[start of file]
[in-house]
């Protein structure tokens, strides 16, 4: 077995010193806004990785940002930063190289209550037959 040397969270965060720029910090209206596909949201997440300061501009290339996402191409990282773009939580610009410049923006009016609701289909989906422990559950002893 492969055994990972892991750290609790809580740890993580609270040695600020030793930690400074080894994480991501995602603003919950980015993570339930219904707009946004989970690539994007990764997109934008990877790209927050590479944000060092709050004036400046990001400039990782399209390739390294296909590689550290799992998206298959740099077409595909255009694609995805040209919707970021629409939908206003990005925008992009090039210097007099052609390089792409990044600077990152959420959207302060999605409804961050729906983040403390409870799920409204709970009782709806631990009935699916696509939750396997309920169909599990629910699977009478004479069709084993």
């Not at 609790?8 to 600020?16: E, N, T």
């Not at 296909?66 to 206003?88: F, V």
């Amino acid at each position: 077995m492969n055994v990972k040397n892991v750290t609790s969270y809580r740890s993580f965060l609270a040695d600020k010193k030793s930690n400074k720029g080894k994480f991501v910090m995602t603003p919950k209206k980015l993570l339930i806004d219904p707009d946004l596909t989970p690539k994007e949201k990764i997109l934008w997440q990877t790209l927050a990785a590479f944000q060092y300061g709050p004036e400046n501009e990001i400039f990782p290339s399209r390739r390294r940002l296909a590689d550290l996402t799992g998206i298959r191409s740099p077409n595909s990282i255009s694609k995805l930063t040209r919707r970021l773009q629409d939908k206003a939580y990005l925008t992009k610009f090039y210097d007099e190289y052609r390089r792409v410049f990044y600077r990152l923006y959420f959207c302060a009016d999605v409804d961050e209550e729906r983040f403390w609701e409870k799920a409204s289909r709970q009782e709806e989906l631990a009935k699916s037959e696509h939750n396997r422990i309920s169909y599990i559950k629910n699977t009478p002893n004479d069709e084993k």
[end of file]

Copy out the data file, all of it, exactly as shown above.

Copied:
[in-house]
């Protein structure tokens, strides 16, 4: 077995010193806004990785940002930063190289209550037959 040397969270965060720029910090209206596909949201997440300061501009290339996402191409990282773009939580610009410049923006009016609701289909989906422990559950002893 492969055994990972892991750290609790809580740890993580609270040695600020030793930690400074080894994480991501995602603003919950980015993570339930219904707009946004989970690539994007990764997109934008990877790209927050590479944000060092709050004036400046990001400039990782399209390739390294296909590689550290799992998206298959740099077409595909255009694609995805040209919707970021629409939908206003990005925008992009090039210097007099052609390089792409990044600077990152959420959207302060999605409804961050729906983040403390409870799920409204709970009782709806631990009935699916696509939750396997309920169909599990629910699977009478004479069709084993």
């Not at 609790?8 to 600020?16: E, N, T």
């Not at 296909?66 to 206003?88: F, V």
């Amino acid at each position: 077995m492969n055994v990972k040397n892991v750290t609790s969270y809580r740890s993580f965060l609270a040695d600020k010193k030793s930690n400074k720029g080894k994480f991501v910090m995602t603003p919950k209206k980015l993570l339930i806004d219904p707009d946004l596909t989970p690539k994007e949201k990764i997109l934008w997440q990877t790209l927050a990785a590479f944000q060092y300061g709050p004036e400046n501009e990001i400039f990782p290339s399209r390739r390294r940002l296909a590689d550290l996402t799992g998206i298959r191409s740099p077409n595909s990282i255009s694609k995805l930063t040209r919707r970021l773009q629409d939908k206003a939580y990005l925008t992009k610009f090039y210097d007099e190289y052609r390089r792409v410049f990044y600077r990152l923006y959420f959207c302060a009016d999605v409804d961050e209550e729906r983040f403390w609701e409870k799920a409204s289909r709970q009782e709806e989906l631990a009935k699916s037959e696509h939750n396997r422990i309920s169909y599990i559950k629910n699977t009478p002893n004479d069709e084993k």